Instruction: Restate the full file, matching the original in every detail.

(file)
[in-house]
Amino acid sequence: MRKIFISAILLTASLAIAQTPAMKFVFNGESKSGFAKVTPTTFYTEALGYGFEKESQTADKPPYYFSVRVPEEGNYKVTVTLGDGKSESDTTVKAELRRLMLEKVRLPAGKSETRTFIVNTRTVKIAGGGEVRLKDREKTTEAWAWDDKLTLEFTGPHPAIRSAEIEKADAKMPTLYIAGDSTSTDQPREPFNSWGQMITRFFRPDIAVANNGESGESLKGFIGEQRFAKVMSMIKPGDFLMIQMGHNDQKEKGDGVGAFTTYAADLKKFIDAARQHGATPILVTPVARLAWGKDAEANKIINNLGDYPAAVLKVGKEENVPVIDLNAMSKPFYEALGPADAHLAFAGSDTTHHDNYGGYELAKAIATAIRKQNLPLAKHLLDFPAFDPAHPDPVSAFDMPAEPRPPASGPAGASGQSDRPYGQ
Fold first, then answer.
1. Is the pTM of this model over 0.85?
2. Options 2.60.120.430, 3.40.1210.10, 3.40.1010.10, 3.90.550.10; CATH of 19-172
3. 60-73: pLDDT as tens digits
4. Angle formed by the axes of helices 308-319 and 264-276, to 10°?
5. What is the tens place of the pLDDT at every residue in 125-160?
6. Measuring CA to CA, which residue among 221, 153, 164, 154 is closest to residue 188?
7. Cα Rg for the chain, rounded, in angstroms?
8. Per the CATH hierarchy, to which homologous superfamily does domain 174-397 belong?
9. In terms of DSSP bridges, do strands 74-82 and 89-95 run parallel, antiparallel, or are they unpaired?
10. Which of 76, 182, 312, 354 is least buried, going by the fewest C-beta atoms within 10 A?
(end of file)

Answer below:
[in-house]
Amino acid sequence: MRKIFISAILLTASLAIAQTPAMKFVFNGESKSGFAKVTPTTFYTEALGYGFEKESQTADKPPYYFSVRVPEEGNYKVTVTLGDGKSESDTTVKAELRRLMLEKVRLPAGKSETRTFIVNTRTVKIAGGGEVRLKDREKTTEAWAWDDKLTLEFTGPHPAIRSAEIEKADAKMPTLYIAGDSTSTDQPREPFNSWGQMITRFFRPDIAVANNGESGESLKGFIGEQRFAKVMSMIKPGDFLMIQMGHNDQKEKGDGVGAFTTYAADLKKFIDAARQHGATPILVTPVARLAWGKDAEANKIINNLGDYPAAVLKVGKEENVPVIDLNAMSKPFYEALGPADAHLAFAGSDTTHHDNYGGYELAKAIATAIRKQNLPLAKHLLDFPAFDPAHPDPVSAFDMPAEPRPPASGPAGASGQSDRPYGQ
Fold first, then answer.
1. Is the pTM of this model over 0.85?
2. Options 2.60.120.430, 3.40.1210.10, 3.40.1010.10, 3.90.550.10; CATH of 19-172
3. 60-73: pLDDT as tens digits
4. Angle formed by the axes of helices 308-319 and 264-276, to 10°?
5. What is the tens place of the pLDDT at every residue in 125-160?
6. Measuring CA to CA, which residue among 221, 153, 164, 154 is closest to residue 188?
7. Cα Rg for the chain, rounded, in angstroms?
8. Per the CATH hierarchy, to which homologous superfamily does domain 174-397 belong?
9. In terms of DSSP bridges, do strands 74-82 and 89-95 run parallel, antiparallel, or are they unpaired?
10. Which of 76, 182, 312, 354 is least buried, going by the fewest C-beta atoms within 10 A?